Depending upon the circumstances, the destruction of maintenance records may subject a motor carrier to an adverse inference, or worse, sanctions for outright spoliation. However, in Salvatore v. Pingel, a federal district court for Colorado declined to sanction a motor carrier for just that. The court looked at the evidence and noted that the motor carrier was subject to a letter requesting that maintenance documents be preserved, but then observed that most of the communications about the case were with the insurer. The court found that “under the totality of the circumstances,” the date on which the defendants knew or should have known of the likelihood of litigation was over two years after the date the plaintiffs urged the court to adopt. Although the court found the motor carrier was guilty of at least “simple negligence” in destroying the records, it held that the “negligent violation of a federal regulation does not impose strict liability where a party has failed to maintain perfect record keeping.”
Omega Contracting, Inc. v. Torres
Further, regulation may not be appropriate for a jury charge, even if the evidence shows that the motor carrier wholly failed to inspect, maintain, or repair the CMV. In Omega Contracting, Inc. v. Torres, 191 S.W.3d 828 (Tex. App. Ft. Worth 2006), the Texas Court of Appeals held that it was error for the trial court to give a negligence per se charge on the regulation because it determined that it did not establish a standard beyond that of an “ordinarily prudent person,” which had already charged to the jury.
Craft v. Graebel-Oklahoma Movers, Inc.
While the motor carrier remains ultimately responsible for IMR of its vehicles, an outside third-party vendor may be liable if it breaches a duty, as well. In Craft v. Graebel-Oklahoma Movers, Inc., 178 P.3d 170 (Okla. 2007) the outside vendor falsified an inspection report, which allowed an unsafe vehicle on the road, where it caused an accident. The Supreme Court of Oklahoma held that the vendor had an independent statutory duty as an outside inspector under the FMCSRs not to falsify records, as well as a common law duty to warn of hidden dangerous conditions. Notably, Craft also implicitly supports the proposition that a motor carrier may be vicariously liable for the negligent, and possibly even intentional, conduct of a third party vendor that it employs. The plaintiff presented evidence that the motor carrier knew the vendor’s inspection reports did not reflect the actual condition of the vehicle in question. While the court barred the plaintiff from pursuing her negligence claim against the motor carrier because she was its employee, and thus confined to state workers’ compensation remedies, it did remand her intentional tort theory to the trial court for additional consideration. Under the court’s reasoning, it is likely that both of the plaintiff’s claims against the motor carrier would have survived had she not been its employee.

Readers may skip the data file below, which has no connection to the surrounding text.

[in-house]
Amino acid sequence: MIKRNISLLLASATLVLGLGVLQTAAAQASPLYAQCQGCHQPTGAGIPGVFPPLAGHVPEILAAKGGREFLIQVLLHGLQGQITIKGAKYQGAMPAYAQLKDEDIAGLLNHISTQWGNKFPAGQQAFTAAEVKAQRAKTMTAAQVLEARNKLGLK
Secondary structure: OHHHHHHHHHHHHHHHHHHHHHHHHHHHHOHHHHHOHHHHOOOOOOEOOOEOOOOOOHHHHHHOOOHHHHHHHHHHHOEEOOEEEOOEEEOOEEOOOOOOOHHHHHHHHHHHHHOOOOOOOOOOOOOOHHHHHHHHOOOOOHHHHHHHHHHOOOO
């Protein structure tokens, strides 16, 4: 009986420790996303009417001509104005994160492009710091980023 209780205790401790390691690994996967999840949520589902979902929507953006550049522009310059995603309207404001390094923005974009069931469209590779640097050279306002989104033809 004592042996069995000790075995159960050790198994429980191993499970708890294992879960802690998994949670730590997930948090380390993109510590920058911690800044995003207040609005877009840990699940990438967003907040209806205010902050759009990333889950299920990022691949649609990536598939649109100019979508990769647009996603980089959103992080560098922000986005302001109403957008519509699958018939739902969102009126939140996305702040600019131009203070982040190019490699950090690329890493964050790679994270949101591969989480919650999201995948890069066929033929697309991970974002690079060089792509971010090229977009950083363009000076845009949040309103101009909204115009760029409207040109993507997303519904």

Bailey v. Lewis Farm, Inc.
The responsibility of the owner of a CMV may not end when it sells the CMV to another motor carrier. In Bailey v. Lewis Farm, Inc., 343 Or. 276, 171 P.3d 336 (2007), a motor carrier was allegedly to have negligently inspected and maintained a CMV, which it then sold to another motor carrier, which then sold it to yet another motor carrier. Approximately one year after the sale, the rear axle fell off and injured another motorist. The motorist brought suit against the original owner, alleging violations of regulation. Evidence obtained in discovery revealed the former owner did little or no inspection or maintenance of the vehicle, which the plaintiff contended created a dangerous condition that resulted in the catastrophic failure of the axle. The trial court granted the former owner’s motion to dismiss, which was initially affirmed on appeal. The Supreme Court of Oregon granted a petition for review and subsequently reversed. It found that regulation created a duty to inspect and maintain, the breach of which was not cured or obviated by the sale of the CMV to another motor carrier. It should be noted that, because Bailey involved a latent defect, the question remains whether the outcome would have been the same for a patent defect.